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Digital Media FX - The Power of Imagination
(interview conducted by Noell Wolfgram Evans)
Grady is the example of a child star gone completely right. The former
child actor is now an accomplished composer with a long and varied show
business career; one which has seen him lend his musical abilities to
a number of live action and animated efforts. Among his many animated
scores are: the 90's version of Johnny Quest for which he was nominated
for an Emmy in 1997, What a Cartoon - Kitchen Cassanova and Globehunters
- an animated feature. He also composed the song "Pooh Finds Love
Everywhere" (with lyrics provided by Marty Panzer), which will be
the new Winnie the Pooh theme song in The Magical World of Pooh.
Mr. Grady's career
in show business started where so many others have, at Disney. Don was
one of the original Mousketeers, sharing the stage with Bobby, Darlene,
Annette, Cubby and the others. From here he moved through various projects
before jumping into the national spotlight again in 1960 as Robbie Douglas
in the hit sitcom My Three Sons. The show, which starred Fred MacMurray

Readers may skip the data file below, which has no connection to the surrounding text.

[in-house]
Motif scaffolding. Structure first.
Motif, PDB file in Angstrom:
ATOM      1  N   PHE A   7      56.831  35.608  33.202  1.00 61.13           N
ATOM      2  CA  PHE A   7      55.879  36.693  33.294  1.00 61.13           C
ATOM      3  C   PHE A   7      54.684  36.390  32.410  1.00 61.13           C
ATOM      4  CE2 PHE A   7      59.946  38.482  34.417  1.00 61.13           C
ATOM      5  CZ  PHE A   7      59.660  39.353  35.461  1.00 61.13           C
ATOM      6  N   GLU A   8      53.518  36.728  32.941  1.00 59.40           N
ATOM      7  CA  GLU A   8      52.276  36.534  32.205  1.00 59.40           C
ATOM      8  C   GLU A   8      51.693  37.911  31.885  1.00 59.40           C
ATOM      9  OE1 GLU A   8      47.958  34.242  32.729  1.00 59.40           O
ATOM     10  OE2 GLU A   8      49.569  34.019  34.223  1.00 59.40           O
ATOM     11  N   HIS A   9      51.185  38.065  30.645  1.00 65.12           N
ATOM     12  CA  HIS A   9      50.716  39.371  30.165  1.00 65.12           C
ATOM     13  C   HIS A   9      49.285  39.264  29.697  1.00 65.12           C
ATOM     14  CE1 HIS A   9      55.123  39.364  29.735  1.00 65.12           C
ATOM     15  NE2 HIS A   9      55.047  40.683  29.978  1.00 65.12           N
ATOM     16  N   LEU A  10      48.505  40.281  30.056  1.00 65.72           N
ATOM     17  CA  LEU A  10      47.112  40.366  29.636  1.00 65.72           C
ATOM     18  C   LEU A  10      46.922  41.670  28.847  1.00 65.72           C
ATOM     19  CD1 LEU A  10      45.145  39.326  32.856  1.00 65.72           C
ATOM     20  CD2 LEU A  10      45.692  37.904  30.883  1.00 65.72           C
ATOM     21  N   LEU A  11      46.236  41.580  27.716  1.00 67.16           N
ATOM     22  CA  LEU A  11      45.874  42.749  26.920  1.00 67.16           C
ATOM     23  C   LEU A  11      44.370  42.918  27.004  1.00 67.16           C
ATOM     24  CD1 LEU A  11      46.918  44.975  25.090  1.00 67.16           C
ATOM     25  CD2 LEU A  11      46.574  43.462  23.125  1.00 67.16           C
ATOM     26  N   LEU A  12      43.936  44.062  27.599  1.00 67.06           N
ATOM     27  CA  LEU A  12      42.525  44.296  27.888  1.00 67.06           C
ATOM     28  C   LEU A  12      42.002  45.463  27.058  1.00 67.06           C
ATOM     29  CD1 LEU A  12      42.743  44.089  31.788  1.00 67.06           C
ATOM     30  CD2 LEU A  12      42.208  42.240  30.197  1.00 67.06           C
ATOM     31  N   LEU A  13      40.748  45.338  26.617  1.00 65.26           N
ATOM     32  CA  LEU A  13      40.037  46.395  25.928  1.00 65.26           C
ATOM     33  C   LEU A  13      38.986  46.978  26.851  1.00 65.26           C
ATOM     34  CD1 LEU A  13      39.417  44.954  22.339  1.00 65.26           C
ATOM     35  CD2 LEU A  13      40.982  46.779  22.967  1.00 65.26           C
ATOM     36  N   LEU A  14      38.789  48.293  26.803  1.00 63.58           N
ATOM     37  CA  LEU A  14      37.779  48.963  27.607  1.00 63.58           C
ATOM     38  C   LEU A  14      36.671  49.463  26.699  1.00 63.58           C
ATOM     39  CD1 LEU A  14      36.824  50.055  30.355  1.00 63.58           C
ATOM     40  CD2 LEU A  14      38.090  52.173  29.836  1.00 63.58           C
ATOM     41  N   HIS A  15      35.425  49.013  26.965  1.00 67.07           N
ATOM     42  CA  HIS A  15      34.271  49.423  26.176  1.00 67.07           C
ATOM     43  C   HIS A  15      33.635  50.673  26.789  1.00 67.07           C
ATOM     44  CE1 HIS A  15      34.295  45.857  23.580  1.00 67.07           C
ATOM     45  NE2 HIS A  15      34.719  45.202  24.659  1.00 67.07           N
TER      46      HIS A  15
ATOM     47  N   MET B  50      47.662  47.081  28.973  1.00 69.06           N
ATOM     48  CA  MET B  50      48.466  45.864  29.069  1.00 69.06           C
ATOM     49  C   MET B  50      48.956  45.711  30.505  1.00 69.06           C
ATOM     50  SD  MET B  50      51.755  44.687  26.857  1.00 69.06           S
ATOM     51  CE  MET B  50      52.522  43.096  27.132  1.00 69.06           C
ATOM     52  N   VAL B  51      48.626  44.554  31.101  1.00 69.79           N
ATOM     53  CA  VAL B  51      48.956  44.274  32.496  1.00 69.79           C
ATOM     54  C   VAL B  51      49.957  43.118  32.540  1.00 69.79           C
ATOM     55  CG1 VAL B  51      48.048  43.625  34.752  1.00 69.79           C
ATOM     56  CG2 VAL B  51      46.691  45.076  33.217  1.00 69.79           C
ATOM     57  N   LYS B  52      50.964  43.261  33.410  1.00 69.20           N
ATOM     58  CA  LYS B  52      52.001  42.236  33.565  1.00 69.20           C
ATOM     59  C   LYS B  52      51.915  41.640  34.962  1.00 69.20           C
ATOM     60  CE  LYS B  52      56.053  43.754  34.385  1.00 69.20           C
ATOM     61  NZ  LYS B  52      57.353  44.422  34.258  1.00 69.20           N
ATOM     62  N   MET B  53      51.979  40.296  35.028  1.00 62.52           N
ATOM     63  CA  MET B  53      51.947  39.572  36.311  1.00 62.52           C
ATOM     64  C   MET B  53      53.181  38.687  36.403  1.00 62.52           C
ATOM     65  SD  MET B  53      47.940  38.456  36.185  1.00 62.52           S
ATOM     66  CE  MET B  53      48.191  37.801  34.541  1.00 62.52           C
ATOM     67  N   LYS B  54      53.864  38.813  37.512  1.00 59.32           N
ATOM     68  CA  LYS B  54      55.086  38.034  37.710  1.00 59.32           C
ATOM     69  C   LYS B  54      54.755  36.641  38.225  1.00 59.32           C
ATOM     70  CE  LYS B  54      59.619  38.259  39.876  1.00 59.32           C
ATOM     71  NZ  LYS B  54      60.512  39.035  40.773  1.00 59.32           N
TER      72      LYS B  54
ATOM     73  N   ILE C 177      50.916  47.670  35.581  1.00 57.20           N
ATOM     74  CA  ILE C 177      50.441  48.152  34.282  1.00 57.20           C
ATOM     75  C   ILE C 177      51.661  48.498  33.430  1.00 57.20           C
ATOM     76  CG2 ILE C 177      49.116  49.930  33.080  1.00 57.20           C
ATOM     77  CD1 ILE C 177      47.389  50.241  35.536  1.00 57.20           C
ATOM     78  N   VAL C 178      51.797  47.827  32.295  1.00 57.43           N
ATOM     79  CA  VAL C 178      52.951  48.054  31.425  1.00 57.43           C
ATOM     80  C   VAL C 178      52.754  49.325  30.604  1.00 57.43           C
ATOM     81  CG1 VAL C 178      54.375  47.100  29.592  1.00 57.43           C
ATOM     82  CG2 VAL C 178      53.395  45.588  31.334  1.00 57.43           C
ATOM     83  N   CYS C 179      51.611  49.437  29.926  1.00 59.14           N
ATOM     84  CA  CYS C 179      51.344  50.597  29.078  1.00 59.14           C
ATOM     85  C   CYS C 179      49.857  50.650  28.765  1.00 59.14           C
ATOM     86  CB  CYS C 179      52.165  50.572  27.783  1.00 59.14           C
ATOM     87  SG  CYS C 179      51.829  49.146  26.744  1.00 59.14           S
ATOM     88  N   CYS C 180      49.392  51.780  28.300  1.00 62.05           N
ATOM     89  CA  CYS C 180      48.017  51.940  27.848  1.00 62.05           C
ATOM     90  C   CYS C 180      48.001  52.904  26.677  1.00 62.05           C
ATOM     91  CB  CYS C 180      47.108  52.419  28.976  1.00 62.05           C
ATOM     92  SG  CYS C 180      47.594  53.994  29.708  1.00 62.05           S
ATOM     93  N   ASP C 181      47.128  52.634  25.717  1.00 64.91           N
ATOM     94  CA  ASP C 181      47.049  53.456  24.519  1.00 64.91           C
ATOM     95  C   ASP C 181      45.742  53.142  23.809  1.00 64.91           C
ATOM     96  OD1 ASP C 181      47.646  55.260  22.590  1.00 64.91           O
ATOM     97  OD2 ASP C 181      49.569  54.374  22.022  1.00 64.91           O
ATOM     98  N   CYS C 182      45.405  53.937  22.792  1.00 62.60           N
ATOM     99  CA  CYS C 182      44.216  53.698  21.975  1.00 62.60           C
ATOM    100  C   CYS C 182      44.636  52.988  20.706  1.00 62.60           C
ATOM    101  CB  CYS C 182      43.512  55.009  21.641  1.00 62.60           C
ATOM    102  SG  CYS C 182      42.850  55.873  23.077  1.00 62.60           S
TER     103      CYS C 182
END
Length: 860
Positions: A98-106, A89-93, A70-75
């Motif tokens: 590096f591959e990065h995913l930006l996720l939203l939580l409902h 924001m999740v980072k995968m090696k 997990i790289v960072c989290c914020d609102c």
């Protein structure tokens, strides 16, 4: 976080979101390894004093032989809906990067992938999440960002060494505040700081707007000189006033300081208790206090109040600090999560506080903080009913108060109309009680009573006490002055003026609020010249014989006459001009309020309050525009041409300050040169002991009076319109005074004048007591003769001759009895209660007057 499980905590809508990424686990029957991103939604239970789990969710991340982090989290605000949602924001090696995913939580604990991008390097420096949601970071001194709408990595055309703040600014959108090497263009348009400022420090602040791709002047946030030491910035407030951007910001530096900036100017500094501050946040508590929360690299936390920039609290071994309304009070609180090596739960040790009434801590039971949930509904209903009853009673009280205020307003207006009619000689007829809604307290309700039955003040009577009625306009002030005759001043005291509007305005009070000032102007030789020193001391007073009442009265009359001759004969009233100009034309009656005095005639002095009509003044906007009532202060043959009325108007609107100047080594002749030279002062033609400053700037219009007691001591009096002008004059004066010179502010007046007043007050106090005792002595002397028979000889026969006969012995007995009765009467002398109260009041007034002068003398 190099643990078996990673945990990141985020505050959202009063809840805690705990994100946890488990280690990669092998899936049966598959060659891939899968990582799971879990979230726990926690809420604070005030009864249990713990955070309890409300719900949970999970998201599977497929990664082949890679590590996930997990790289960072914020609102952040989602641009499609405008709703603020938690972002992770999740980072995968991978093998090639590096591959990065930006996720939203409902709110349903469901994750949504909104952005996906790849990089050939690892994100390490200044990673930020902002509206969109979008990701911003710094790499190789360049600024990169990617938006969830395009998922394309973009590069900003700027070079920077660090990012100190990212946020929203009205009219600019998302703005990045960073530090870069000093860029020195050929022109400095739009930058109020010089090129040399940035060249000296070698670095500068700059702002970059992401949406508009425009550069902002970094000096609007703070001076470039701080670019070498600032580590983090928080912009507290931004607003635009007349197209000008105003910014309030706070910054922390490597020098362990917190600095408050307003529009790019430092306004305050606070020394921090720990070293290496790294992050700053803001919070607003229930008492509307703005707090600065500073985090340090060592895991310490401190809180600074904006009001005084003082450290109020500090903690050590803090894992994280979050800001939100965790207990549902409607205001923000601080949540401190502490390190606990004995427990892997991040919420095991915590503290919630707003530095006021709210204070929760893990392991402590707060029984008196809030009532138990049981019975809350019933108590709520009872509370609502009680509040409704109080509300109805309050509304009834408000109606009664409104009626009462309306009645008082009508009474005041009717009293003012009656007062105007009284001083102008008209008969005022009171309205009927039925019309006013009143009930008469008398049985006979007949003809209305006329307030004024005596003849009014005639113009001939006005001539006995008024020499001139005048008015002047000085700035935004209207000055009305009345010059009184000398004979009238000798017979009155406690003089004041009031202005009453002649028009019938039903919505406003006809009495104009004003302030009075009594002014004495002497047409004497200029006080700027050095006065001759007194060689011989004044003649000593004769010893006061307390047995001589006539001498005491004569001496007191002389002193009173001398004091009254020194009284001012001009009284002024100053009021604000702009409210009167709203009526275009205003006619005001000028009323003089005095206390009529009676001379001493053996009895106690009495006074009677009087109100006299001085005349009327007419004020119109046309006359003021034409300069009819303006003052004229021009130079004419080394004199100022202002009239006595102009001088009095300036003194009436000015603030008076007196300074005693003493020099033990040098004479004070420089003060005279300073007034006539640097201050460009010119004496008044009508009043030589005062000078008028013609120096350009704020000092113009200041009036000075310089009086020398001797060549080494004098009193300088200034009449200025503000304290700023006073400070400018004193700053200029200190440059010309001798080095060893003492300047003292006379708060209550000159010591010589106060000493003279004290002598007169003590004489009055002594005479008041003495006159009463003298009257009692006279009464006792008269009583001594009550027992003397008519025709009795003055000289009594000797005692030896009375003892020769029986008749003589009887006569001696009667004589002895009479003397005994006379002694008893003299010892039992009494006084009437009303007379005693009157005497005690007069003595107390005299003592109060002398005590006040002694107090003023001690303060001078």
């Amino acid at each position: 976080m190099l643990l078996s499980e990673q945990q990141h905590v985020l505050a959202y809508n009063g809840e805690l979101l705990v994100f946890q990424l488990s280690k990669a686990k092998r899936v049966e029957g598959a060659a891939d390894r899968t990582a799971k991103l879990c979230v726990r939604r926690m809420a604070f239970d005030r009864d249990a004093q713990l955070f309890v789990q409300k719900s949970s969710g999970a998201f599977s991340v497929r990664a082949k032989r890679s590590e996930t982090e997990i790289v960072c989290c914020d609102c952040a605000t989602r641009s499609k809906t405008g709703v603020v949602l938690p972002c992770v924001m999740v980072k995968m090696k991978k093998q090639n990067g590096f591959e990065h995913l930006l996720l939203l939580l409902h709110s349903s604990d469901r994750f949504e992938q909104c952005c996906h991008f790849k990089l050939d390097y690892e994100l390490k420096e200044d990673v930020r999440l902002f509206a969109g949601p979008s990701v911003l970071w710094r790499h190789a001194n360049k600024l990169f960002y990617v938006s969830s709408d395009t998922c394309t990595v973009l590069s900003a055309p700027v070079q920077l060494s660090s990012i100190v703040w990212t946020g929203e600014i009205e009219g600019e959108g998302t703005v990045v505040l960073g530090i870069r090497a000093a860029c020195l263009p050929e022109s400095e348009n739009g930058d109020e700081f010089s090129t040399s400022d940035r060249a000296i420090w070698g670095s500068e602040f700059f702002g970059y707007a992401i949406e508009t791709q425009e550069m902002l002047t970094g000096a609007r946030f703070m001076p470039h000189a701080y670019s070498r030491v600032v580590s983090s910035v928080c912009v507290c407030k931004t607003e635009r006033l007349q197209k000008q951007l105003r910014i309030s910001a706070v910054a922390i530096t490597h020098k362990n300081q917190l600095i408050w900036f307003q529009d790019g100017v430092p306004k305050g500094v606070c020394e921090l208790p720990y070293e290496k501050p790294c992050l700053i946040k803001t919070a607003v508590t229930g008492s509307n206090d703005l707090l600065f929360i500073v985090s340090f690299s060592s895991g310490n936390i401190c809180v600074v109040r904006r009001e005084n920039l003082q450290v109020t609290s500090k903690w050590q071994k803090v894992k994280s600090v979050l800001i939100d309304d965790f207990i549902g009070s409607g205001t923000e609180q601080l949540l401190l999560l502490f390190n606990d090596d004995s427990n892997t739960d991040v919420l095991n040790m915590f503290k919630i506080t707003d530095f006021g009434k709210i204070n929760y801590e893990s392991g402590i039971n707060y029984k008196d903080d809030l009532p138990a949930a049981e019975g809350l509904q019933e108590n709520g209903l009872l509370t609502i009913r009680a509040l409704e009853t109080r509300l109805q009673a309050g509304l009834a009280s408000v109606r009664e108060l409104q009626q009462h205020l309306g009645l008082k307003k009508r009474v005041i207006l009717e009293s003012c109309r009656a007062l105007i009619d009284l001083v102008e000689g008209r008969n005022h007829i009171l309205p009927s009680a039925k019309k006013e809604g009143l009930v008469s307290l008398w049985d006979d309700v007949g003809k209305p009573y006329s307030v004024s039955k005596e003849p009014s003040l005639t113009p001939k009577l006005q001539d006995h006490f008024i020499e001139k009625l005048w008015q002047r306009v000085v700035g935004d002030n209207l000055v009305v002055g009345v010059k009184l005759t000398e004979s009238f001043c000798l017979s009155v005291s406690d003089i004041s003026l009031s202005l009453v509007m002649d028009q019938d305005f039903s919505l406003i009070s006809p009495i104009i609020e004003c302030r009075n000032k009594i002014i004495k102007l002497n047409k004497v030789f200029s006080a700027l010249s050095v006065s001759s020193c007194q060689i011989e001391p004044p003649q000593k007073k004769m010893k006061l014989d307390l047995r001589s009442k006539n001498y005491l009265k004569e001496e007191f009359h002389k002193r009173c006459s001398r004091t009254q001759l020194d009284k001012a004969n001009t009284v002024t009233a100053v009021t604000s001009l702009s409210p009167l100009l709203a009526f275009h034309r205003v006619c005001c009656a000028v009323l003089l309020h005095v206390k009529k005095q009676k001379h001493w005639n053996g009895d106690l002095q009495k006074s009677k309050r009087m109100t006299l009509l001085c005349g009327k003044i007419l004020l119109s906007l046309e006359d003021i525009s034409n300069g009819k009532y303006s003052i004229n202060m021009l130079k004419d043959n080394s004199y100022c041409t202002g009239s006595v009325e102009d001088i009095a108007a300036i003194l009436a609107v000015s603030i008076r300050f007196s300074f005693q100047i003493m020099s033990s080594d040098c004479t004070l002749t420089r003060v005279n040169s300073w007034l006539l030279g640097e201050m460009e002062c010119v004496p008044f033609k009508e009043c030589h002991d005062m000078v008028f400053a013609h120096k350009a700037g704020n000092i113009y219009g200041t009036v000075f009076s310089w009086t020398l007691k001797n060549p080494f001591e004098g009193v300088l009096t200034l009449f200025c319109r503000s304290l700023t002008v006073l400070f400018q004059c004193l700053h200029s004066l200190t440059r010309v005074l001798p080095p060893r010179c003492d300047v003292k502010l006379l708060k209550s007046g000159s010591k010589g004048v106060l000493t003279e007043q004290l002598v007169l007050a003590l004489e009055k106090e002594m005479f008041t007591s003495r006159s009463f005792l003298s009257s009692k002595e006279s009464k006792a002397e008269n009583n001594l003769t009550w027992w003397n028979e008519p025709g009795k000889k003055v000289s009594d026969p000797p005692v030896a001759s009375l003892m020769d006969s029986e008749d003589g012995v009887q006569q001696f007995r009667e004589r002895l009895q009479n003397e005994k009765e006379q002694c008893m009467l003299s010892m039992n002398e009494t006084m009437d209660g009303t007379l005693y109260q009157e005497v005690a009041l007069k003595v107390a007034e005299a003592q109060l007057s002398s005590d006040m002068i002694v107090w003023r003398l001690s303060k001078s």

and was on the air from 1960 through 1972, was and remains an immensely
popular. During its run, Mr. Grady was able parley his popularity into
other acting roles and to opportunities with his great love, music. It's
a passion that he has pursued ever since, with some interesting stops
on the way. But more on that later.
Recently, Digital Media FX (dFX) had the opportunity to interview Mr.
Grady (DG). The conversation was lively and direct. Mr. Grady harbors
a distinct interest in music, one that he is happy to share. To set the
mood, we first discussed the types of things that he likes to listen to
when he doesn't have to be "on."
do listen to casually?
DG: I'm fortunate
enough to be spending most of just about every day listening to my own
music. Having children, I'm forced to listen to the trend, which is
not all that bad. Casually, I love the silence.
The work of Mr. Grady,
while individual and distinctive to each particular project does have
certain characteristics, which mark it as his own. Among these is a tendency
might you say your musical influences are?
Jamal. I learned jazz by needle-dropping Jamal. Hovering over a turntable
you would attempt to drop the needle on the same section of a phrase,
over and over, until the voicings were so imprinted in your mind that
you could go to the piano and fish them out. It's become a long lost
art.....thank God. Continuing, Tete Montoliu, Roger Kellaway, Stevie
Wonder, Rimsky-Korsakov, Ravel, Steely Dan, John Adams. The first film
music that got to me was an album by Mark Ishom called "Film Music."
The biggest influence on me has been Stravinsky. Right Now: I 'm quite
partial to John Powell and Christophe Beck.
We talked about how
certain composers can affect your overall body of work and how some composers